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Not quite a royal flush

By Craig Mcintosh ( China Daily ) Updated: 2014-02-27 07:31:20

I could see it from the owner's point of view, too. The size of these hutong homes means there is not a great deal of space to play with. In many ways, combining the rooms of the home that most require water, paper, a plunger and an extractor fan makes sense.

We chatted with the landlord for a while. "There is a public bathroom just around the corner," he said, before suggesting: "You could just use the one in the house for emergencies."

I admired his spirit, but saying that didn't help sway me one bit. Frankly, a toilet emergency is the last thing I want to experience in a kitchen or a public hutong bathroom. Once he had put both those images in my mind there was no going back.

My mother in the United Kingdom was suitably sarcastic when I told her later that day about how our apartment viewings had gone.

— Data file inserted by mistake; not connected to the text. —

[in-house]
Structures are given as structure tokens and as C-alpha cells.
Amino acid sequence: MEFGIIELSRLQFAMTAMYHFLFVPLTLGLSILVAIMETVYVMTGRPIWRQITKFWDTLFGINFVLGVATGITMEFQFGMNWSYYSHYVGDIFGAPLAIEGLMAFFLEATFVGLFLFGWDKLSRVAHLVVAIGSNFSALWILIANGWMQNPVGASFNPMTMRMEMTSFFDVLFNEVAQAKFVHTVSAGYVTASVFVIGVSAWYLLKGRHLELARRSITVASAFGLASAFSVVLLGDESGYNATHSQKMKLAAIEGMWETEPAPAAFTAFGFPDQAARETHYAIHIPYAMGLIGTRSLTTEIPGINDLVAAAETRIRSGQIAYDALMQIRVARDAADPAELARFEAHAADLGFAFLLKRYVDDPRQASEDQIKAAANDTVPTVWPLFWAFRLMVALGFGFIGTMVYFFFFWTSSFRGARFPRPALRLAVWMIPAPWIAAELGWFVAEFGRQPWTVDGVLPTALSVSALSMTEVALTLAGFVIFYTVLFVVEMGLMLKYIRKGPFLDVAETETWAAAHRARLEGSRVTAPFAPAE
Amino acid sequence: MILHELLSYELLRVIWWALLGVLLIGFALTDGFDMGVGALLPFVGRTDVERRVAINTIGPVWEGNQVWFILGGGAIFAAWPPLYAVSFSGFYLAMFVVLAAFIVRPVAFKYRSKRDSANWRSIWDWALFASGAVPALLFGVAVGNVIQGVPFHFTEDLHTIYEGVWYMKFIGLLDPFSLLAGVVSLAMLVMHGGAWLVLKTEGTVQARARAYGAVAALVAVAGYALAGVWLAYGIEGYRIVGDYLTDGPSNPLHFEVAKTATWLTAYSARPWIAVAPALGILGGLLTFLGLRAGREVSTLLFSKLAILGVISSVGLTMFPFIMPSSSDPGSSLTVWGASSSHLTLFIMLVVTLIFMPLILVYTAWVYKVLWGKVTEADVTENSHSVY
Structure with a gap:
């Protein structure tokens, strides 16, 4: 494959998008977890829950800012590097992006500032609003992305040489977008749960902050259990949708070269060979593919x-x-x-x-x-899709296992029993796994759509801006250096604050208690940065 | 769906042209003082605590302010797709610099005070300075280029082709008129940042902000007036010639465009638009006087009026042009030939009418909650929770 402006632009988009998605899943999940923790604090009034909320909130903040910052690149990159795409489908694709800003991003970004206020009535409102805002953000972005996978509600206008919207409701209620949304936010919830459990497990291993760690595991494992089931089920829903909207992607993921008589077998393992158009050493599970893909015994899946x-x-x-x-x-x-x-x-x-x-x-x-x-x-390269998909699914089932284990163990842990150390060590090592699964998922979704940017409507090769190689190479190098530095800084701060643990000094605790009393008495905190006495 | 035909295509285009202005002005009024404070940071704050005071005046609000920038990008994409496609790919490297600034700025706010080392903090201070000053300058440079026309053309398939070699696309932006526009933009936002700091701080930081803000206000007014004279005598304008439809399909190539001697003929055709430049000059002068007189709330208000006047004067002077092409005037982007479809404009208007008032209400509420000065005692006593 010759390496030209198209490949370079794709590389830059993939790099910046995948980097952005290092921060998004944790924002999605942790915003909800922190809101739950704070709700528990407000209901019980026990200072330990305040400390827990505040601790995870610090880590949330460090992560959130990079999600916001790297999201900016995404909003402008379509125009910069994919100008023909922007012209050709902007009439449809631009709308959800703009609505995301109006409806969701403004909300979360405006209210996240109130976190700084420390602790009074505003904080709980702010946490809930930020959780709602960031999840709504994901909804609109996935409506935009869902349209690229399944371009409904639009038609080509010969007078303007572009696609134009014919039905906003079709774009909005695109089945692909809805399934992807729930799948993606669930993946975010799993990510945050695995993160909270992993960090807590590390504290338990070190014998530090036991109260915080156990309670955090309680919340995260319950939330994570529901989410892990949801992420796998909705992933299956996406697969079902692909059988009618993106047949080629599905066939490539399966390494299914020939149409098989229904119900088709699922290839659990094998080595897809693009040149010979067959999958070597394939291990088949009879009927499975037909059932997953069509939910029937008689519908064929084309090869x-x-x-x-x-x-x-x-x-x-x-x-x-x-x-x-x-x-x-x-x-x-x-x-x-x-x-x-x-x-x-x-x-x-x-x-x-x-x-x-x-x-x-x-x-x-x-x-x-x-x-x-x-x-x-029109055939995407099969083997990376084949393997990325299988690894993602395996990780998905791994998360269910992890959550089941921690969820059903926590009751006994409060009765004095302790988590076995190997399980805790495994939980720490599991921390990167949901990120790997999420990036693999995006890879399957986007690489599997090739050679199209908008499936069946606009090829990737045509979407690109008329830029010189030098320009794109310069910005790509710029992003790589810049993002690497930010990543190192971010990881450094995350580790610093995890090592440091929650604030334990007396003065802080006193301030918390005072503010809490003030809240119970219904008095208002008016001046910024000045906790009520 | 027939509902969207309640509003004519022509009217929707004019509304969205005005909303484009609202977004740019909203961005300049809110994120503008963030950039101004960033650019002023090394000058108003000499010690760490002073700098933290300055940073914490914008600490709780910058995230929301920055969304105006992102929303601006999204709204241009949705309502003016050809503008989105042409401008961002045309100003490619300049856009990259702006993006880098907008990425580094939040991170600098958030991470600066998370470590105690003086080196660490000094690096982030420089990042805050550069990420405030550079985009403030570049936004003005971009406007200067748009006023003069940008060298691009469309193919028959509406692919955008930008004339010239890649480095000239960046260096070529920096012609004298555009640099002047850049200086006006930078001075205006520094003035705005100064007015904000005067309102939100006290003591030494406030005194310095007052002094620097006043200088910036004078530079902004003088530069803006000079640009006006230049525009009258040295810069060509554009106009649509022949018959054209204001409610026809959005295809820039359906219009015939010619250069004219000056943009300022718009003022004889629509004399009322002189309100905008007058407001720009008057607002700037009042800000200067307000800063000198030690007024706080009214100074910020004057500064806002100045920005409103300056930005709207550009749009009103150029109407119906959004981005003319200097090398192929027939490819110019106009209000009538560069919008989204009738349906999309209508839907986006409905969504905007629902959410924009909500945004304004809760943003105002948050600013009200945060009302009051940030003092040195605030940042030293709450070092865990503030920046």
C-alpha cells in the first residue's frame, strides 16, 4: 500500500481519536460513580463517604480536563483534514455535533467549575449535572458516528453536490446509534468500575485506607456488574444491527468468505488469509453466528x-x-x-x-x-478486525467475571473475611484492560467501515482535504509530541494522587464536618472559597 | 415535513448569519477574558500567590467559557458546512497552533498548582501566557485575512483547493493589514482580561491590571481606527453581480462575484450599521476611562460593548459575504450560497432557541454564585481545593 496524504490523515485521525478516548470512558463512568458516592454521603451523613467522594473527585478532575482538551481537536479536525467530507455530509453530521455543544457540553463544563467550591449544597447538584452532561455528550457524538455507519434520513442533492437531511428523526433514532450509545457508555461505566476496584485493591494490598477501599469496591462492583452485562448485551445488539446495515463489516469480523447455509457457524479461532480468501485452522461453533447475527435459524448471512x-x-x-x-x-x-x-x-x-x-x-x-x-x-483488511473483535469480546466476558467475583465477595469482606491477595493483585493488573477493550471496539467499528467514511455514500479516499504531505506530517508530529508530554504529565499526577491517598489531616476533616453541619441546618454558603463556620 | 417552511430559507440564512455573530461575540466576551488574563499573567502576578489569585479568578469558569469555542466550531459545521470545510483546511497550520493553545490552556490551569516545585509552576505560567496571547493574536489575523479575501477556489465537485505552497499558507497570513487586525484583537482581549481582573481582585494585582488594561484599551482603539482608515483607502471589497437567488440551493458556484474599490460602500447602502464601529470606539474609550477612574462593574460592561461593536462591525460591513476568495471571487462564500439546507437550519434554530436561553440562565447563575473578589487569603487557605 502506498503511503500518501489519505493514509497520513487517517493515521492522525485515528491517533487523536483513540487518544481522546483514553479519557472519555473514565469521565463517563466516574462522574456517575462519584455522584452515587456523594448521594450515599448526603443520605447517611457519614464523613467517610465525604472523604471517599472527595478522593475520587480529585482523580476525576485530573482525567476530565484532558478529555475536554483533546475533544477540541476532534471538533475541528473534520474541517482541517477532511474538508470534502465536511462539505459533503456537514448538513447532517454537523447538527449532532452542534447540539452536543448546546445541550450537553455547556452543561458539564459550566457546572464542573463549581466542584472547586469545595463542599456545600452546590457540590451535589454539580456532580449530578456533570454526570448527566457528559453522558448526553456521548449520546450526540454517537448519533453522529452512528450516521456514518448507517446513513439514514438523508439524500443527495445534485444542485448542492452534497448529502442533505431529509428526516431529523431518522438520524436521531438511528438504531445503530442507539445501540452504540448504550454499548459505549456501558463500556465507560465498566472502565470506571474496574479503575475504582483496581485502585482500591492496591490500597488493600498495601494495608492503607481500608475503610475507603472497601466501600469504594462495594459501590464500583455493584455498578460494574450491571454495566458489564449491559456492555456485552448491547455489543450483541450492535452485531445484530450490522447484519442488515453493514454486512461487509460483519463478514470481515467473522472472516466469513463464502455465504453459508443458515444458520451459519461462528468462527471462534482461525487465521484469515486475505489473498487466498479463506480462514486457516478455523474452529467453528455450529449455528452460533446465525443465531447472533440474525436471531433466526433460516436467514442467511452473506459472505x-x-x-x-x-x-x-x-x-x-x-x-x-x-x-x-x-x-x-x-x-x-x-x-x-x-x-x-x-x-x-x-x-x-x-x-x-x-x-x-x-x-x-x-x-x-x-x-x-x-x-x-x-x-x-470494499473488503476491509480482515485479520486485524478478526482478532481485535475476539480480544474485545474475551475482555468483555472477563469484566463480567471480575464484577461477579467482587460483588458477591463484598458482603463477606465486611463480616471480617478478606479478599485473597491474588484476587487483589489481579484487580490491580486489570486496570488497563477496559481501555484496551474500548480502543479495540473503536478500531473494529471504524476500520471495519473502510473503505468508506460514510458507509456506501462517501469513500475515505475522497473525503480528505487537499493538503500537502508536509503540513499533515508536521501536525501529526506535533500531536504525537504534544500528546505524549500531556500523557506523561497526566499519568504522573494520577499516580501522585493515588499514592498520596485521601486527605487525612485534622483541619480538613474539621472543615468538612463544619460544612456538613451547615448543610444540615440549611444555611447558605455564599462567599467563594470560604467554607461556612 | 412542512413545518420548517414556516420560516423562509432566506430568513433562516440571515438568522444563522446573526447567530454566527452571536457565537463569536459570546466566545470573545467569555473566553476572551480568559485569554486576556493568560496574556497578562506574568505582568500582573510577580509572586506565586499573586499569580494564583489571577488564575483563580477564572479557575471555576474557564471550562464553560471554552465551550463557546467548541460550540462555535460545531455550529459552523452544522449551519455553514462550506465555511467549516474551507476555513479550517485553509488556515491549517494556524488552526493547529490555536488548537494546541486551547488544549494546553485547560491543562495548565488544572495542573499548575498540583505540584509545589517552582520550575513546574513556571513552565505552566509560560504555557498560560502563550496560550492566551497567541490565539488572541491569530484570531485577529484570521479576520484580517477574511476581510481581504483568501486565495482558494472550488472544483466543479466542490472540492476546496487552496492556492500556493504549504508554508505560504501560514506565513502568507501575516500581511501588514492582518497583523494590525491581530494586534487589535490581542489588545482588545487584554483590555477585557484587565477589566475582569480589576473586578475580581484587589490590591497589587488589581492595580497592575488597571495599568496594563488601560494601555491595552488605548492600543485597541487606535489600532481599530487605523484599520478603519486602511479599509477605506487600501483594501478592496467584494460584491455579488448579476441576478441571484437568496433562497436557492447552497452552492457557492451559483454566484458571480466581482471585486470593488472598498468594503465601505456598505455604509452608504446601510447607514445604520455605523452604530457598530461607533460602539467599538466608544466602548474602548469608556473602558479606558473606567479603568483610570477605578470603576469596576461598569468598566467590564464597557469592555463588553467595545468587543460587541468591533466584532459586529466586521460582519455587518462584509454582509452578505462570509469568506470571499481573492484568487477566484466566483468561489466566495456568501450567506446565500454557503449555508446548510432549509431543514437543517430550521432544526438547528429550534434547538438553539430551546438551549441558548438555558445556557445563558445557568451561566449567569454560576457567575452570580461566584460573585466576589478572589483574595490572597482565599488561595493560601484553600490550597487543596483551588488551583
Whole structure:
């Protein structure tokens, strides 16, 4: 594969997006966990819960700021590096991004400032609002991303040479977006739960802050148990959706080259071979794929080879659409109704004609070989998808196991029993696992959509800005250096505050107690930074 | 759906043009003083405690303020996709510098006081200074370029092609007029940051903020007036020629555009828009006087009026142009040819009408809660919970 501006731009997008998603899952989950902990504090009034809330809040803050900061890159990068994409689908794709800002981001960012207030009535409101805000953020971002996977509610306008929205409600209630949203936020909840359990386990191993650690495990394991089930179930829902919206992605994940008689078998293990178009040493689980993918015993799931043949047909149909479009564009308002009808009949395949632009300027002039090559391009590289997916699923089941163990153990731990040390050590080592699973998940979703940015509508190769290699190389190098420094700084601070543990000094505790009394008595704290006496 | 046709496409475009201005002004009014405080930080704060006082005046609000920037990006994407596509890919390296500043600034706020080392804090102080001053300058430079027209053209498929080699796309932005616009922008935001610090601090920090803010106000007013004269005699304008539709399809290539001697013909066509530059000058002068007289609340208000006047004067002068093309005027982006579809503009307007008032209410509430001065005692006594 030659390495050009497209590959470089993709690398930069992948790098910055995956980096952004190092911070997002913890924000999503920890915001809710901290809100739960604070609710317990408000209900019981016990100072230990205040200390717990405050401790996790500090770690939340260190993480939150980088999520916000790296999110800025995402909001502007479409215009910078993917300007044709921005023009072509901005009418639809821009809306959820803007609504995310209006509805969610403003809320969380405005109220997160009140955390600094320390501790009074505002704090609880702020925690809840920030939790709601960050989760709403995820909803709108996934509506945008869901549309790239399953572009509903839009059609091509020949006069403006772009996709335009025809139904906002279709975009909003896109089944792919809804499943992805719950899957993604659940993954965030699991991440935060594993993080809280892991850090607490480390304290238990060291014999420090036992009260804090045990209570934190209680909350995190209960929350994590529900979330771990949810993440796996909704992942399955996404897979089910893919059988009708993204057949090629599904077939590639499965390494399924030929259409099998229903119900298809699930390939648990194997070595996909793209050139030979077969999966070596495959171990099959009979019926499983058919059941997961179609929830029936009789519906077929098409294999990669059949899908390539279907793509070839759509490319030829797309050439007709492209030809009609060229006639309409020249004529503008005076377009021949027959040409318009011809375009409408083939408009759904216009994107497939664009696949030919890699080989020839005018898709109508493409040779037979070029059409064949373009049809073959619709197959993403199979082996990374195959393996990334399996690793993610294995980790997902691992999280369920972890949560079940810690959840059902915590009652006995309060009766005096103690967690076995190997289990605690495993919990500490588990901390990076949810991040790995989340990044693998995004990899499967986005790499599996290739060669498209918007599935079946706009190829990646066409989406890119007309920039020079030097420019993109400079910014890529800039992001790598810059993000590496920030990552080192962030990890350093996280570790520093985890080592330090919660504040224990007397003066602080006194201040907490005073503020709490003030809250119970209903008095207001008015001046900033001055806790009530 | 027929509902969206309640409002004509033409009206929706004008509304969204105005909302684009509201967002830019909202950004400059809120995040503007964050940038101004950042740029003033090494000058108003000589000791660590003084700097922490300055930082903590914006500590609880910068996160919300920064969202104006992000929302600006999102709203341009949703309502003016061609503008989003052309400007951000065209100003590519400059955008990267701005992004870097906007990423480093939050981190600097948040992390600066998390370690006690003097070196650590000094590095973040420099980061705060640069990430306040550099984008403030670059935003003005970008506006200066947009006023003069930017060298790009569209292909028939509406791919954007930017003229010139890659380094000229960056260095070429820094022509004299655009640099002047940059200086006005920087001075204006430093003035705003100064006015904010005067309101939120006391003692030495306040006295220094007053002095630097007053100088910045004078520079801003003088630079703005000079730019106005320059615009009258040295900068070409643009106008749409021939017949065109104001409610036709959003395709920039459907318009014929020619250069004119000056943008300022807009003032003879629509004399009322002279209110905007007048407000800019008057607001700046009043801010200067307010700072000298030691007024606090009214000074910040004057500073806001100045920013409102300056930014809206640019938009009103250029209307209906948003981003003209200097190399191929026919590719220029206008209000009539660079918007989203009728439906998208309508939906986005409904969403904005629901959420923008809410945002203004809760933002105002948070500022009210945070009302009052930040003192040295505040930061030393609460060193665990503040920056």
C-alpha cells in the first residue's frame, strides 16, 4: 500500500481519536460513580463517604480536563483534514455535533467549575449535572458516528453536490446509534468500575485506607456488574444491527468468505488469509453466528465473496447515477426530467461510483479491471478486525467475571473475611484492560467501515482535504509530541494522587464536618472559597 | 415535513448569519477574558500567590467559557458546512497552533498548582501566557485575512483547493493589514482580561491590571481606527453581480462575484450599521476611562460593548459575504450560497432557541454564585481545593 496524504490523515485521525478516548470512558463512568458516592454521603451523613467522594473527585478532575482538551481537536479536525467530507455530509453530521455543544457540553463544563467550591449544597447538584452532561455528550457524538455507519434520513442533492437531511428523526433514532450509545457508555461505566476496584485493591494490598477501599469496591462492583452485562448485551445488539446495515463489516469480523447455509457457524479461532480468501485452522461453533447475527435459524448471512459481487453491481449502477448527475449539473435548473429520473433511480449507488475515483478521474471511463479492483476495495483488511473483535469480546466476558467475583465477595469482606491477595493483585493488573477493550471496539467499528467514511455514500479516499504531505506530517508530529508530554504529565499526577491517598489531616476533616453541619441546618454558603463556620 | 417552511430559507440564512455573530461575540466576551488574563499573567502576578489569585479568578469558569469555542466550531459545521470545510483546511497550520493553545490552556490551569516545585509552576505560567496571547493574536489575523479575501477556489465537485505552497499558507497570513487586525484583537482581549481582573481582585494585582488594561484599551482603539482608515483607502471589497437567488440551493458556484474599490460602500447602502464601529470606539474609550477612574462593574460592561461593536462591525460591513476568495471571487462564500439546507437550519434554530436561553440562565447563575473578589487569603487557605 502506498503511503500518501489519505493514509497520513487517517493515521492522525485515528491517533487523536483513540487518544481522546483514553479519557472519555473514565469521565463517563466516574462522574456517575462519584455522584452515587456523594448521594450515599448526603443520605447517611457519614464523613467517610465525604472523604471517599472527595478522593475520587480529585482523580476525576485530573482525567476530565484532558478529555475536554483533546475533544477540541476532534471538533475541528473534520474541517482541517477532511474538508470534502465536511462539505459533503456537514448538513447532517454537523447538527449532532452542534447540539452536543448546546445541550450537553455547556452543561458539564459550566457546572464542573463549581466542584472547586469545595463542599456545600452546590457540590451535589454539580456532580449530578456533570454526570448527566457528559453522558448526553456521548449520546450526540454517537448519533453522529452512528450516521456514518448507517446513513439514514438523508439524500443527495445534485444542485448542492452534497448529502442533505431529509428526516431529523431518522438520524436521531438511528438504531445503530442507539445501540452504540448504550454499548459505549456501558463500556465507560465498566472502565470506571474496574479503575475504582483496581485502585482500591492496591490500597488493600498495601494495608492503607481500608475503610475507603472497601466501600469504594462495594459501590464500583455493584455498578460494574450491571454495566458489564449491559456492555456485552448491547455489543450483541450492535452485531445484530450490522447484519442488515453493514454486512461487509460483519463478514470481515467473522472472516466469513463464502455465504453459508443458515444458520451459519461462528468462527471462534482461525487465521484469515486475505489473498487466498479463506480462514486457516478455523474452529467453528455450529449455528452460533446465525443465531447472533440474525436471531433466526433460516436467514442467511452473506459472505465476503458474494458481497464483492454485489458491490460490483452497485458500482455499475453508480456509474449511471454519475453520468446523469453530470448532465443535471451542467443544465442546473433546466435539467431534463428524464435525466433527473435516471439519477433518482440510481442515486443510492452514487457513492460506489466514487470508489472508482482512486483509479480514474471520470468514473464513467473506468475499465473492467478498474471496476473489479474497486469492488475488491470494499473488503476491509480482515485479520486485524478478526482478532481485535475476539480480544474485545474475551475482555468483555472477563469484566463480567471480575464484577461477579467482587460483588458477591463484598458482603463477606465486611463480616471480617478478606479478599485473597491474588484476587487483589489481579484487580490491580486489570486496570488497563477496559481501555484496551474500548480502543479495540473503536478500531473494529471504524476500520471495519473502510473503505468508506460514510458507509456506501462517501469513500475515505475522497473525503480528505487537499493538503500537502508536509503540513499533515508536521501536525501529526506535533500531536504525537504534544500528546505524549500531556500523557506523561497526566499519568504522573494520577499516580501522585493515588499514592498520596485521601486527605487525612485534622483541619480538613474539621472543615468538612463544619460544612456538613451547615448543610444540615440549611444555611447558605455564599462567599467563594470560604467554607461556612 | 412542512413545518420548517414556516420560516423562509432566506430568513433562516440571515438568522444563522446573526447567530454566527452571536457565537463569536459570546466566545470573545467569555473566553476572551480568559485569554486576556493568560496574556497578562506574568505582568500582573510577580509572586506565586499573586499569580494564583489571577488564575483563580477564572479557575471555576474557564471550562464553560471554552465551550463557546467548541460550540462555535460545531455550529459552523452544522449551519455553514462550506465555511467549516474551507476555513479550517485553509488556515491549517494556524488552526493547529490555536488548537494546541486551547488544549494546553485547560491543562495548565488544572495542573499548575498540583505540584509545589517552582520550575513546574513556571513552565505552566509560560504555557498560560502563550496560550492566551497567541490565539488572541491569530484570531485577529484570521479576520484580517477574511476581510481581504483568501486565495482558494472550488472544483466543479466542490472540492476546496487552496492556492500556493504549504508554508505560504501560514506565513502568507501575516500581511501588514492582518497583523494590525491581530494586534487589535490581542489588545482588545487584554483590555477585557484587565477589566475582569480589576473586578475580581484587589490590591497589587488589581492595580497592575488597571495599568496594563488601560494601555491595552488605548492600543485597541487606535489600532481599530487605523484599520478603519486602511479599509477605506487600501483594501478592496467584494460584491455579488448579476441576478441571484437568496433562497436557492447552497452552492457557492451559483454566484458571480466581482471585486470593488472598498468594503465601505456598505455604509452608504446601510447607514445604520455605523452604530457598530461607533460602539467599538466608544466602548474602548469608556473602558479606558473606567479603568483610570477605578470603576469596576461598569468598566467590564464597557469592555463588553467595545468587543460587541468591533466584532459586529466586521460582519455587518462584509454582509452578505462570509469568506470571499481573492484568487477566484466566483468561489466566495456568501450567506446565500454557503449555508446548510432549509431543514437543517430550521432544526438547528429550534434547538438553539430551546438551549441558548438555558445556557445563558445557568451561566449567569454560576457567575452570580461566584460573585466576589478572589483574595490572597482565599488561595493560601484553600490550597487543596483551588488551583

"Just imagine, you could wash the dishes while you shower," she suggested. "Or read a cookbook on the toilet. Kill two birds with one stone."

I'm just glad my father wasn't available to join the conversation on Skype that day, as his reaction would have been far more vulgar.

As we left the hutong courtyard, our hearts heavy due to the fact our search for a new home was still not over, we promised to keep in touch with the landlord. And we did. We heard several weeks later that he had followed our suggestion and replaced the orange curtain with a sliding-glass partition, to separate the kitchen and bathroom areas.

By then we'd already signed an agreement on another apartment. It was too late for us to reconsider our decision, but since then I'm told the place has been rented to a woman from the United States.

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